The Good Shepherd is the one who dies for even his straying sheep. And because of that we can trust him. He becomes our home and welcomes us into the sheepfold, the Church, a place where we can belong. And there, in front of our sins, which accuse us, he lays open a banquet of His own body and blood (v.5). Whatever might come in the future, the Word promises that his goodness and mercy will come with us all our days.
At the very center of the Psalm is the promise that holds everything else together: “You are with me” (v.4). Jesus descended freely into the depths of hell because his Father was with him. He offers the same for his sheep. Every time we come to the Eucharist we are reminded of the same. Four times in the Eucharist, the priest proclaims “The Lord be with you”. This is not the liturgical equivalent of a handshake or a conversation opener. It is the affirmation of one of God’s deepest promises in the Scriptures.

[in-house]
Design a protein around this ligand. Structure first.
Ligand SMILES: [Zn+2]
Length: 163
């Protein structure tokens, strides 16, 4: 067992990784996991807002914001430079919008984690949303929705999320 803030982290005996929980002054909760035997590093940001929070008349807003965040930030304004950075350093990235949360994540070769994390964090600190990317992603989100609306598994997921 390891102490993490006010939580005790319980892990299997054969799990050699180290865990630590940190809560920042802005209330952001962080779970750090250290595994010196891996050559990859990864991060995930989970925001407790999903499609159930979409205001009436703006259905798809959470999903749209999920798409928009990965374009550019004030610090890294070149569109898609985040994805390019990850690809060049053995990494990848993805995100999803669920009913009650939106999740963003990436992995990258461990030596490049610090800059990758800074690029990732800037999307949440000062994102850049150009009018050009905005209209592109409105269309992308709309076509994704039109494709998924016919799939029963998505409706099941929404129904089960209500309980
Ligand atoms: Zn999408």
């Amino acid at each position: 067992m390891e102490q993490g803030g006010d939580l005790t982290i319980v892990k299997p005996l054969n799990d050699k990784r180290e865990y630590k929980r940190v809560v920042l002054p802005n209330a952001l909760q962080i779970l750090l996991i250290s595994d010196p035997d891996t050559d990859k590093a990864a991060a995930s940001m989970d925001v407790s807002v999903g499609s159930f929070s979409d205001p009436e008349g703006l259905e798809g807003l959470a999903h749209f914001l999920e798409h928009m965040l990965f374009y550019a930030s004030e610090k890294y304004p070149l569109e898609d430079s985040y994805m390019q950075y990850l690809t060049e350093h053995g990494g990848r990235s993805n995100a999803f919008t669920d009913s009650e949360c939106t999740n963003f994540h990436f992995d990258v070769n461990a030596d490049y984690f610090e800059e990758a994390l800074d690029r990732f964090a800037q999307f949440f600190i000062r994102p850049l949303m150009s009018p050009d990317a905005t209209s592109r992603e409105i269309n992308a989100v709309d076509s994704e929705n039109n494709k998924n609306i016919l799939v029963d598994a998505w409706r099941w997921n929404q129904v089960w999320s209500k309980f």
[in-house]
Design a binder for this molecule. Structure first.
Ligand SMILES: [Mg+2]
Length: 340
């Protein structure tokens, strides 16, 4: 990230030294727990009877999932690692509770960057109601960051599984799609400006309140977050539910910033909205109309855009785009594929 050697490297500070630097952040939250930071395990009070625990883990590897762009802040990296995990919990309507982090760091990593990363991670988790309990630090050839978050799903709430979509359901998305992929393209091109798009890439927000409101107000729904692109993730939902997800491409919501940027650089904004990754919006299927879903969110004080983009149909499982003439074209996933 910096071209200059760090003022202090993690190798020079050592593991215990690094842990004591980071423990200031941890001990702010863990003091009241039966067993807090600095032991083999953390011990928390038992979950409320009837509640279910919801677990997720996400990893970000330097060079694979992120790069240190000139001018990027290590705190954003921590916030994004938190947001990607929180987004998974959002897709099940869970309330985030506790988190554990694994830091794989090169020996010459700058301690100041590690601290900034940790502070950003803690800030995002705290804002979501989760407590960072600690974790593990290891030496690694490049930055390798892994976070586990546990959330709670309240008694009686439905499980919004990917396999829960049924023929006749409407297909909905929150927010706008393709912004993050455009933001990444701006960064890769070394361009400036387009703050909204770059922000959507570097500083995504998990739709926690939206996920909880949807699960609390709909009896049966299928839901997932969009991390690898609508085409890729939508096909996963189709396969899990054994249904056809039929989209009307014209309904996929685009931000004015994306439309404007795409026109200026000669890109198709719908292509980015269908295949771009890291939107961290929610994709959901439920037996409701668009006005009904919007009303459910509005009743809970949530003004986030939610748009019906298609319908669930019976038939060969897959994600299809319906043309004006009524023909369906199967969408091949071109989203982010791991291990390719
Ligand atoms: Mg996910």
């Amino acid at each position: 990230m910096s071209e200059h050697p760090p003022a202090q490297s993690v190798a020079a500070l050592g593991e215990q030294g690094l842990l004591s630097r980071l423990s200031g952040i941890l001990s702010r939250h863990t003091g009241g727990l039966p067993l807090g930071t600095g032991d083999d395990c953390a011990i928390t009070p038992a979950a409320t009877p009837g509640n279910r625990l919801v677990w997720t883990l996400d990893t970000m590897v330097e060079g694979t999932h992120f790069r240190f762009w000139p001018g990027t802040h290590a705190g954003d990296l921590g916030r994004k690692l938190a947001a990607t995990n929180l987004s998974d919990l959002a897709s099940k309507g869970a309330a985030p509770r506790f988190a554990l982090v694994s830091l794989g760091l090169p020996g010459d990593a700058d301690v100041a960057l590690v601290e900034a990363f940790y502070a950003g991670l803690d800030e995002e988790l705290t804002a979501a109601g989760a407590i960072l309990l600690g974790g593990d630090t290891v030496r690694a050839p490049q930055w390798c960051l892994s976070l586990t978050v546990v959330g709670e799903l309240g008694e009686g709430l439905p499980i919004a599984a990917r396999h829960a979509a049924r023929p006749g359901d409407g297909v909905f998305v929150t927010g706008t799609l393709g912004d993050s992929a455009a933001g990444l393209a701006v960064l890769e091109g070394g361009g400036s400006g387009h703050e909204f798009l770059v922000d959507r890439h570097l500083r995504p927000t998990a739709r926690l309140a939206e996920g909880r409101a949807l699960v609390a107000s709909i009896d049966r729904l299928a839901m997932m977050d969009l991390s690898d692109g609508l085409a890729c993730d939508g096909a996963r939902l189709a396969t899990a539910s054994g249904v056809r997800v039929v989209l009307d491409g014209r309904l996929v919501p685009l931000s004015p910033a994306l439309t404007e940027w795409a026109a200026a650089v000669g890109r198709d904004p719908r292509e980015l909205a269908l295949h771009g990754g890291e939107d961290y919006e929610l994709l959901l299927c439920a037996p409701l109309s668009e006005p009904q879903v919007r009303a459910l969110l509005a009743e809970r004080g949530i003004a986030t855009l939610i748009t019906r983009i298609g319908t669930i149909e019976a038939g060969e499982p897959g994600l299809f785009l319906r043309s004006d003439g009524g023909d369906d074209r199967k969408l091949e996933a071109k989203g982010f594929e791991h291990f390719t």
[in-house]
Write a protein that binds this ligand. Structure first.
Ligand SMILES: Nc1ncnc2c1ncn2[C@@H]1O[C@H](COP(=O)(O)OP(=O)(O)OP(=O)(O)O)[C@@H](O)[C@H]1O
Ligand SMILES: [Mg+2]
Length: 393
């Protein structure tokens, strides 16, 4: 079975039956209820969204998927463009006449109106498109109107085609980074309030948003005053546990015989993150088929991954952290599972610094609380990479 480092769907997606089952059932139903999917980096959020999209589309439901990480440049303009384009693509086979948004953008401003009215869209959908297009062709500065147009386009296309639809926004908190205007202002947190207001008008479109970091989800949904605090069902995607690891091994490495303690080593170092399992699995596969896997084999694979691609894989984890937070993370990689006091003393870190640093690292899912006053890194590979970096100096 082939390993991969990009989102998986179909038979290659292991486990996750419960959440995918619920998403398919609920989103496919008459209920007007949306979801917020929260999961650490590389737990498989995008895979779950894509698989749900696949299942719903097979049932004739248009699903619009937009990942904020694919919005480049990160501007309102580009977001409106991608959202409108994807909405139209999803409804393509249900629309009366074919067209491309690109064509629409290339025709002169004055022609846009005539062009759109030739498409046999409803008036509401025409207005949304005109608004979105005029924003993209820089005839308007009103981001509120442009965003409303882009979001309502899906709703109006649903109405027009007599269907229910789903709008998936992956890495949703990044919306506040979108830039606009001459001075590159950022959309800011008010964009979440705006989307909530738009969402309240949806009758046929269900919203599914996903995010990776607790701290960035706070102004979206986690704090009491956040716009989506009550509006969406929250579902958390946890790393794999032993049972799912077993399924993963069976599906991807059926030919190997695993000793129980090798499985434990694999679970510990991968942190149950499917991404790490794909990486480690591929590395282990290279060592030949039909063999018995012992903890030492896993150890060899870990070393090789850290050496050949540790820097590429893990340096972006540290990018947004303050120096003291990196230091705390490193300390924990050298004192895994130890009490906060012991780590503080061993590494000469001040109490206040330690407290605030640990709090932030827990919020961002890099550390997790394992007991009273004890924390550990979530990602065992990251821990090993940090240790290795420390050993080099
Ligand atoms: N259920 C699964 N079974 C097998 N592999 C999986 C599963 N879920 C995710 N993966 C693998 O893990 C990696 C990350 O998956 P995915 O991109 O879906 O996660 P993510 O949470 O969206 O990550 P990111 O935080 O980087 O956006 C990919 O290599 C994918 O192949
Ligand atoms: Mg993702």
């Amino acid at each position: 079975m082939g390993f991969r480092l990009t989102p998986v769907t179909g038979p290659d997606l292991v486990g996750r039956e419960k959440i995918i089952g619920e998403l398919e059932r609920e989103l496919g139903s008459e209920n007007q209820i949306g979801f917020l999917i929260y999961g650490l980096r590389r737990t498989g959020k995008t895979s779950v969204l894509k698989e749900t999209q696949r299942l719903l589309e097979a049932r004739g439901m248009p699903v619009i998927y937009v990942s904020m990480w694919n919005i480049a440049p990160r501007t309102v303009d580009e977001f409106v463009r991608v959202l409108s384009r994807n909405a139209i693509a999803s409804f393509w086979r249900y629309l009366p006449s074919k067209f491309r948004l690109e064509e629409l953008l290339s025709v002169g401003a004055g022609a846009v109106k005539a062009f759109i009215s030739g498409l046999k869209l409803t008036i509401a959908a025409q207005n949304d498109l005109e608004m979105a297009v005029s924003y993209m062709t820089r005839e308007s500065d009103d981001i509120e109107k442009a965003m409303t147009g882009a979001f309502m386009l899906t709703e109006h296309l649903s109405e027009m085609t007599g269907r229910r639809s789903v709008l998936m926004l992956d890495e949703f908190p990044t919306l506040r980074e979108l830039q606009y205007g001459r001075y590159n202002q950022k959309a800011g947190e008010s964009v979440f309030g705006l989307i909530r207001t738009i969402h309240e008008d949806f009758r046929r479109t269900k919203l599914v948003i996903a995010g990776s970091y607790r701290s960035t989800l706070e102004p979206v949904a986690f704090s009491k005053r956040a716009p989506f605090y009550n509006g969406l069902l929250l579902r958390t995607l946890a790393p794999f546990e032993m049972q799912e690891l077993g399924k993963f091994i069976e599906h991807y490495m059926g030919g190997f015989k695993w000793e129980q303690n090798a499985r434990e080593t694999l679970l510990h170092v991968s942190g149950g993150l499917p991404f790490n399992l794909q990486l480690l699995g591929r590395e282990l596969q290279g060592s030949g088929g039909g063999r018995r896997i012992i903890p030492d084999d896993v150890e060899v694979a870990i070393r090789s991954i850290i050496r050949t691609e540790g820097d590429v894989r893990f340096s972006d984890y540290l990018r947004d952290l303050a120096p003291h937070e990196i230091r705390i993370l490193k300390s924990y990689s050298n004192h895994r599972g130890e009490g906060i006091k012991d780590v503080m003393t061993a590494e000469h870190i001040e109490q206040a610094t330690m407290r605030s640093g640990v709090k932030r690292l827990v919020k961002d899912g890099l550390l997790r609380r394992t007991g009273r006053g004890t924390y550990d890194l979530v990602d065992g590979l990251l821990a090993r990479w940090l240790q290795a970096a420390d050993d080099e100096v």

It is a promise which David found to be true in his life. Some scholars believe that David wrote this Psalm not when he was young, but when he was very old and towards the end of his life. He looked back, saw how God had been his Shepherd all through his life, and wondered, ‘Why did I have to doubt?’. This promise comes to you and me. Whatever we might go through this week, the Shepherd will be with us.